How do the top-performing banks continue to post double-digit returns,despite having the same serious profit-dampening challenges as their peers? The answer isn't exactly straightforward.

Last year the top-performing banks in each asset tier had a median return on average equity that was between 420 and 570 basis points higher than the peer median. The standouts have different business models, operate in diverse markets and face their own unique challenges. But in studying this wide range of strategies, we found that the best banks typically follow one of three pathways to financial superiority.

Traditional intermediation powerhouses: Even with tighter margins, excellence in financial intermediation - using deposits to fund loans - remains the most common path to high performance. In every asset size group we examined, at least 70% of the top performers had a ratio of net interest income to average assets that exceeded the peer median.

High performers in this category, including Bank of the Ozarks in Little Rock, Ark., and Western Alliance Bancorp in Phoenix, are characterized by high growth rates in loans and core deposits. But they grow without sacrificing credit quality or margins. They have higher yields on earning assets and lower costs of funds than peers.

Over the past few years, the most successful banks in this category have maintained high profitability by building scale and streamlining processes. This has allowed them to continually reduce their expense levels as a percentage of average assets.

Fee income superstars: Other high performers are reliant on fee income as the key contributor to the bottom line. Across each asset size group, fee income superstars more than doubled the industry median of noninterest income to average assets. But they are very different from each other in how they generate fees. Some, like Federal Savings Bank in Chicago, rely on mortgage banking. Woodforest Financial Group in The Woodlands, Texas, generates high levels of interchange fees and deposit service charges. Others have wealth management, insurance or cash management businesses.

Many of these fee-based businesses require banks to take on higher expense levels as they build scale, which can adversely impact overall efficiency. To be successful in this space, banks need total commitment by executives. Without it, pressure to create efficiency can reduce commitment to invest and the impact to the bottom line will be minimal or even adverse. Banks offering these services must also foster collaboration and integration with other business lines. This allows for deepening customer relationships more cost-effectively.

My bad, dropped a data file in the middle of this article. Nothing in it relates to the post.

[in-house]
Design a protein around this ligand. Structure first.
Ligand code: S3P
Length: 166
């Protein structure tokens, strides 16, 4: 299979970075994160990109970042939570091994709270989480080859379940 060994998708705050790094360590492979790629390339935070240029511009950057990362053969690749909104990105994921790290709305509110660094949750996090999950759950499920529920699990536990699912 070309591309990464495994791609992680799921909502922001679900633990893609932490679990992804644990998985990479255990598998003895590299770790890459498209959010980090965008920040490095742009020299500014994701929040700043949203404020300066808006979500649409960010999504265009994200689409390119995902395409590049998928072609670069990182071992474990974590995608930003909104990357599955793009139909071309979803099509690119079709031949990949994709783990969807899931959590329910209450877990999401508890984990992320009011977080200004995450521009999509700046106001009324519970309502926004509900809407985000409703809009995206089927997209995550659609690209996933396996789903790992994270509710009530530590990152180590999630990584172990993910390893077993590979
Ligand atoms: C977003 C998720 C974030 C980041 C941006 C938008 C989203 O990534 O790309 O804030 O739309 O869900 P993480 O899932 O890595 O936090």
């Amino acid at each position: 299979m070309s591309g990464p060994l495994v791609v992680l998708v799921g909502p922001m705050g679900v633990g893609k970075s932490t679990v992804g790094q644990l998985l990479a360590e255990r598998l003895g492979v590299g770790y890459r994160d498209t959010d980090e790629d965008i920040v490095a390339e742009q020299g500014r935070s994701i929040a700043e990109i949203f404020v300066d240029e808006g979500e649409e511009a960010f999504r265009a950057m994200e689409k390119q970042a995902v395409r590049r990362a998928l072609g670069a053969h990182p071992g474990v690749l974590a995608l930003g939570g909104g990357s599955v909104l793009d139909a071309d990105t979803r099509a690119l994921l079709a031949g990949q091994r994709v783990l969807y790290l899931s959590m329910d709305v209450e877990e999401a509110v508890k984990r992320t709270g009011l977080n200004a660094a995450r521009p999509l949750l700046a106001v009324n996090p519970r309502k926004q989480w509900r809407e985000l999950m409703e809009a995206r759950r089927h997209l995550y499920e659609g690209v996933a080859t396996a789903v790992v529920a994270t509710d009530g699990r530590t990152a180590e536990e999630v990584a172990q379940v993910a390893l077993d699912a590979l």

Niche champions: Intense focus pays off for others. The niche champions pursue well-defined, high-opportunity customer segments, many of which have unique needs. The most successful ones meet these needs by providing their customers with specialty products and pair those with delivery of remarkable experiences. They have well-defined value propositions that ensure they emerge as the clear choice to these target segments.

The financial advantages that come with this strategy tend to be high-yielding loan portfolios and lower cost of funds. These banks are often selective with their physical presence and some even focus on building revenue streams outside of the traditional branch footprint. This allows many of them to carry low levels of overhead.

Examples include SVB Financial in Santa Clara, Calif., which focuses on startups and innovators, and Signature Bank in New York, which targets privately owned businesses, their owners and managers.

To select the right strategy, and execute on it, banks also need a strong executive team. As Stephen Covey said, "Management is efficiency in climbing the ladder of success; leadership determines whether the ladder is leaning against the right wall."

Our study of top-performing banks demonstrates that the most successful institutions have a vision for success and they know how to pursue it. They have well-defined plans that lead them to pay dirt.

Kevin Halsey

Kevin Halsey

Kevin Halsey is a consultant at Capital Performance Group.

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